Date: 2005–08
  3. By: Marcy Burchfield; Henry G. Overman; Diego Puga; Matthew A. Turner
    Abstract: We study the extent to which US urban development is sprawling and consider what determines differences in sprawl across space. Using remote-sensing data to track the evolution of land use on a grid of 8.7 billion 30x30 metre cells, we measure sprawl as the amount of undeveloped land surrounding an average urban dwelling. On this measure, while the extent of sprawl remained roughly unchanged between 1976 and 1992, it varied dramatically across metropolitan areas. Ground water availability, temperate climate, rugged terrain, decentralized employment, early public transport infrastructure, uncertainty about metropolitan growth, and unincorporated land in the urban fringe all increase sprawl.
    JEL: R14 O51
  4. By: Jeffrey R. Kling; Jeffrey B. Liebman; Lawrence F. Katz
    Abstract: Families, primarily female-headed minority households with children, living in high-poverty public housing projects in five U.S. cities were offered housing vouchers by lottery in the Moving to Opportunity program. Four to seven years after random assignment, families offered vouchers lived in safer neighborhoods that had lower poverty rates than those of the control group not offered vouchers. We find no significant overall effects of this intervention on adult economic self-sufficiency or physical health. Mental health benefits of the voucher offers for adults and for female youth were substantial. Beneficial effects for female youth on education, risky behavior, and physical health were offset by adverse effects for male youth. For outcomes exhibiting significant treatment effects, we find, using variation in treatment intensity across voucher types and cities, that the relationship between neighborhood poverty rate and outcomes is approximately linear.
    JEL: H43 I18 I38 J38
    Date: 2005–08
  5. By: Antoni Calvo-Armengol; Yannis M. Ioannides
    Abstract: Research in sociology and economics point to important role for social networks in labor markets. Social contacts mediate propagation of rich and reliable information among indi- viduals and thus help workers find jobs and employers find employees. Recent theoretical advances show that for agents connected through networks employment is positively cor- related across time and agents, unemployment exhibits duration dependence, and inequal- ity can persist. Recent empirical findings underscore nonlinearities in social interactions and potentially important effects of self-selection. Socioeconomic characteristics can explain substantial spatial dependence in unemployment.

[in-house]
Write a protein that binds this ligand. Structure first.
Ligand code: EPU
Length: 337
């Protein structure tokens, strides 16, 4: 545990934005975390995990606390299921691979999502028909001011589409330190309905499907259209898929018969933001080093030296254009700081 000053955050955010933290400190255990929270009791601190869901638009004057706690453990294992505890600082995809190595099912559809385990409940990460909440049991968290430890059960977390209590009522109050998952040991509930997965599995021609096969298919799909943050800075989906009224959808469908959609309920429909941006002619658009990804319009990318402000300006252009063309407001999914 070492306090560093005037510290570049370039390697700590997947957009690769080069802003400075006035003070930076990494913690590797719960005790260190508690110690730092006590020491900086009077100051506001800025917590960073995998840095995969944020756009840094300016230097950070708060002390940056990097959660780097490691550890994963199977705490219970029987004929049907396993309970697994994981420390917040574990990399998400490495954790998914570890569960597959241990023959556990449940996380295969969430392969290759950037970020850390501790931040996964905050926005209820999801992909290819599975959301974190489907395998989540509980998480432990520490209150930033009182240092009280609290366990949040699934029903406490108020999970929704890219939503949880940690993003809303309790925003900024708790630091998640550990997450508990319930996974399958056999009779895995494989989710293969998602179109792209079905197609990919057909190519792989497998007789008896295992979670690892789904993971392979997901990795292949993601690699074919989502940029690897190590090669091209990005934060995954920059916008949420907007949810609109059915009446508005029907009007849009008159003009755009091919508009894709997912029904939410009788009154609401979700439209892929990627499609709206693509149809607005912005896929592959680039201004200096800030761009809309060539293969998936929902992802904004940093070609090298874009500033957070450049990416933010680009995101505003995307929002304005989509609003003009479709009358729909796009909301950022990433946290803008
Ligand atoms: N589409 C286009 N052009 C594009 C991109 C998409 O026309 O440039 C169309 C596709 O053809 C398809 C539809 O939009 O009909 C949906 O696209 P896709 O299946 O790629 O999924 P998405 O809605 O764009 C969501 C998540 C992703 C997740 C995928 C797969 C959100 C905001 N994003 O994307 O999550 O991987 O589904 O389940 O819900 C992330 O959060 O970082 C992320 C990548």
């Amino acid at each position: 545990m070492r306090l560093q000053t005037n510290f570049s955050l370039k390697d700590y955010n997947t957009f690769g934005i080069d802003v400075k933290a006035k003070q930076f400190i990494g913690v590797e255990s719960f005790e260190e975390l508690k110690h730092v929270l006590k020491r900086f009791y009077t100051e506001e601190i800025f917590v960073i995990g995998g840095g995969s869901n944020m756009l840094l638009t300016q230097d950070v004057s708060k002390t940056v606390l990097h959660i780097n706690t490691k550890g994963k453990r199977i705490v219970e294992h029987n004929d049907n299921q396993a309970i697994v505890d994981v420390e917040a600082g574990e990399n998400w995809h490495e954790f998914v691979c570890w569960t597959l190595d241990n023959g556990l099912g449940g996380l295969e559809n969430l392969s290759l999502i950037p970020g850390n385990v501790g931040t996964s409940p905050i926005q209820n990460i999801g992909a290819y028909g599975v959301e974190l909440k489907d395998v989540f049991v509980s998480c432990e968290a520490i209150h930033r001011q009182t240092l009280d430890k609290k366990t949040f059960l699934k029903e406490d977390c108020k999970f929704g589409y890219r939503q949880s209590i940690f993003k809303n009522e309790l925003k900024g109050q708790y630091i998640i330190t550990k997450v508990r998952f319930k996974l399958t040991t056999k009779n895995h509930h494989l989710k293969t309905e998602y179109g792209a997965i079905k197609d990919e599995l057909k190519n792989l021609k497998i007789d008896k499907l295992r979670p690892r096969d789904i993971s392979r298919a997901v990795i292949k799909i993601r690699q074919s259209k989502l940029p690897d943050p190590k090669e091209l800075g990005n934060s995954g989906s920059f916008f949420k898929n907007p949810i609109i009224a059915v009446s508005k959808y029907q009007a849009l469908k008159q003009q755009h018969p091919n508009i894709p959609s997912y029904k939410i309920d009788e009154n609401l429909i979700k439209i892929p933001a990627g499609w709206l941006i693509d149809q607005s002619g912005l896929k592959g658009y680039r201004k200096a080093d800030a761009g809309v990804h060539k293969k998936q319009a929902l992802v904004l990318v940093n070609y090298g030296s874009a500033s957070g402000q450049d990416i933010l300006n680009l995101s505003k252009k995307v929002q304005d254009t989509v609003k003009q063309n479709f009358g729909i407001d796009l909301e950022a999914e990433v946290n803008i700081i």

Keywords: networks, labor markets, social connections, unemployment, proximity, spatial dependence, information networks, neighborhoods and jobs
    JEL: D85 A14 J64 J31 J70 L14
    Date: 2005
  6. By: Alberto Dalmazzo (University of Siena); Guido de Blasio (Bank of Italy)
    Abstract: Recent literature has aimed at evaluating human capital externalities by estimating the effect of human capital on wages at urban level. We argue that this methodology might not identify properly human capital spillovers. We consider a general equilibrium model based on Roback (1982) where both wages and rents are simultaneously determined at the local level. We show that human capital externalities cannot be identified unless the joint effect of local human capital on both wages and rents is considered. Empirically, we study the effects of local human capital on household-level rents and individual-level wages for a sample of Italian local labour markets. Our results show a positive and robust effect of local human capital on rents. This unambiguously demonstrates that the concentration of human capital at the local level generates positive externalities. As for the relative importance of consumption and production externalities, our results suggest that the two effects have a similar impact on wages.
    Keywords: human capital; externalities; local markets
    JEL: R0 J0 I2
    Date: 2005–06
  7. By: John Y. Campbell; João F. Cocco